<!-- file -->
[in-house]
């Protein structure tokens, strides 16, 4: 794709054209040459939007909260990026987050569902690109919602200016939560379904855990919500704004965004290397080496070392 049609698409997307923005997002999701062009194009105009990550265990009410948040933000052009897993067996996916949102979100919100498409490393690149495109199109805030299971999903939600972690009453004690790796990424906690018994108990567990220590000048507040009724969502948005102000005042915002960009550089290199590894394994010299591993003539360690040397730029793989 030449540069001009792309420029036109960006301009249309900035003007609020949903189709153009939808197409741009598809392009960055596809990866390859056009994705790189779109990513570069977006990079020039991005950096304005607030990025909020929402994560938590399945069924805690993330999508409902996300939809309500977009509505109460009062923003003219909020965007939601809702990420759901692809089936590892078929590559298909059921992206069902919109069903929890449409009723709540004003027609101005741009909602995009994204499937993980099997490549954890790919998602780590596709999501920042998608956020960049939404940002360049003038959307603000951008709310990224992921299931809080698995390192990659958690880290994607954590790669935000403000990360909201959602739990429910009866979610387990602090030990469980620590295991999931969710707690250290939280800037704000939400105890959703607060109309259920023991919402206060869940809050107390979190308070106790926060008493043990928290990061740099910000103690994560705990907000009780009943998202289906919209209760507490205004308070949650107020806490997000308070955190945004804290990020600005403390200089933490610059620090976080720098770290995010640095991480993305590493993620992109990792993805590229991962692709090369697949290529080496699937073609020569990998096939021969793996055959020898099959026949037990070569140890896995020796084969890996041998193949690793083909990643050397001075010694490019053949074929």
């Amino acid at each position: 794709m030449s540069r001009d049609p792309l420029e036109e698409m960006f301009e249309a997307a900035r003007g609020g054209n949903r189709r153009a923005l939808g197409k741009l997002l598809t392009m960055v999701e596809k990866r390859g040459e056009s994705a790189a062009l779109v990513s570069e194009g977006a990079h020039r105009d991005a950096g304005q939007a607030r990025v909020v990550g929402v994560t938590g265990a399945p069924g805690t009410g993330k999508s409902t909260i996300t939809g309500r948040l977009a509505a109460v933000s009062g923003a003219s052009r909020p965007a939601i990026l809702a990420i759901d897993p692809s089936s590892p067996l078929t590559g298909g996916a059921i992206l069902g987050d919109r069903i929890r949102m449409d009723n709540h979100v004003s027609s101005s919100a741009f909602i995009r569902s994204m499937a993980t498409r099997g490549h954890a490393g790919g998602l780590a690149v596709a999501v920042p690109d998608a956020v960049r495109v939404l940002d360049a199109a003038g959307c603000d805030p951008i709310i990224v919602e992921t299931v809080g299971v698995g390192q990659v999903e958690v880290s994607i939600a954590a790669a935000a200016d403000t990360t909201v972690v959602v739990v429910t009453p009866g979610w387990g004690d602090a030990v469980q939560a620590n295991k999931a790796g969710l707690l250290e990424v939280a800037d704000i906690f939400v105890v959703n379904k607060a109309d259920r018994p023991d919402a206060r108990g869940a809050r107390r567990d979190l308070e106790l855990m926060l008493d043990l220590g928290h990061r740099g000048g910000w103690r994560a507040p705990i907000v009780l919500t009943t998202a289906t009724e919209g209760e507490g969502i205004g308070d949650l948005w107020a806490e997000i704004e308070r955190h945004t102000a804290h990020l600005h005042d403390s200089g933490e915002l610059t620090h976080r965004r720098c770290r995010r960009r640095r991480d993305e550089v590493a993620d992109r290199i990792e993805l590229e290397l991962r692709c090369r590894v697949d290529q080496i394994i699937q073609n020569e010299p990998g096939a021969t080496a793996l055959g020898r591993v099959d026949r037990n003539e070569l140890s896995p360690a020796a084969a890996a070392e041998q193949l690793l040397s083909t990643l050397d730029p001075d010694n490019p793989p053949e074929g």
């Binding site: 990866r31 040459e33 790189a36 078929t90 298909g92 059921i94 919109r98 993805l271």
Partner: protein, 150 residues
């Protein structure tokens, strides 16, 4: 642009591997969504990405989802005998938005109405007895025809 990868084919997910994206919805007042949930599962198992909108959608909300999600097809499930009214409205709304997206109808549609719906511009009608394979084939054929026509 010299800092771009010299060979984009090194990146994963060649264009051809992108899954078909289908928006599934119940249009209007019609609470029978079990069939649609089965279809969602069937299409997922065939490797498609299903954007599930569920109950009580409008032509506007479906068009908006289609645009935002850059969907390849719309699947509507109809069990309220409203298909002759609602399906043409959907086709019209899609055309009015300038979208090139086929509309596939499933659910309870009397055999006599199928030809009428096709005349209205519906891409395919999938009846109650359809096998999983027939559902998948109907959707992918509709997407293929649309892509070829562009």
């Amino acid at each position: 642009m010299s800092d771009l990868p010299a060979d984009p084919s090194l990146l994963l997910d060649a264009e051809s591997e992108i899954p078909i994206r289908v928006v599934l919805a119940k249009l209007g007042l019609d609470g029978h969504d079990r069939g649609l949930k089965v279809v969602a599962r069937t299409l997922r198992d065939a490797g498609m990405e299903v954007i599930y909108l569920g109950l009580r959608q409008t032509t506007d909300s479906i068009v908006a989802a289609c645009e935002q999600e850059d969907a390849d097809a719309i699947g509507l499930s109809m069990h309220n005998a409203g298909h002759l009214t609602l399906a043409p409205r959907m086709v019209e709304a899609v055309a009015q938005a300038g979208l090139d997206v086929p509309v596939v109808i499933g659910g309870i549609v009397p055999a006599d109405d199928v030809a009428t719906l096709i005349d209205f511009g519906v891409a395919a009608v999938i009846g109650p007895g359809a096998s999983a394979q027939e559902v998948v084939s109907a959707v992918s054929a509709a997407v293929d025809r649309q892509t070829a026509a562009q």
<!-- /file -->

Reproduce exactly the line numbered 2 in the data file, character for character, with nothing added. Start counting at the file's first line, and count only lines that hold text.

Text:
């Protein structure tokens, strides 16, 4: 794709054209040459939007909260990026987050569902690109919602200016939560379904855990919500704004965004290397080496070392 049609698409997307923005997002999701062009194009105009990550265990009410948040933000052009897993067996996916949102979100919100498409490393690149495109199109805030299971999903939600972690009453004690790796990424906690018994108990567990220590000048507040009724969502948005102000005042915002960009550089290199590894394994010299591993003539360690040397730029793989 030449540069001009792309420029036109960006301009249309900035003007609020949903189709153009939808197409741009598809392009960055596809990866390859056009994705790189779109990513570069977006990079020039991005950096304005607030990025909020929402994560938590399945069924805690993330999508409902996300939809309500977009509505109460009062923003003219909020965007939601809702990420759901692809089936590892078929590559298909059921992206069902919109069903929890449409009723709540004003027609101005741009909602995009994204499937993980099997490549954890790919998602780590596709999501920042998608956020960049939404940002360049003038959307603000951008709310990224992921299931809080698995390192990659958690880290994607954590790669935000403000990360909201959602739990429910009866979610387990602090030990469980620590295991999931969710707690250290939280800037704000939400105890959703607060109309259920023991919402206060869940809050107390979190308070106790926060008493043990928290990061740099910000103690994560705990907000009780009943998202289906919209209760507490205004308070949650107020806490997000308070955190945004804290990020600005403390200089933490610059620090976080720098770290995010640095991480993305590493993620992109990792993805590229991962692709090369697949290529080496699937073609020569990998096939021969793996055959020898099959026949037990070569140890896995020796084969890996041998193949690793083909990643050397001075010694490019053949074929």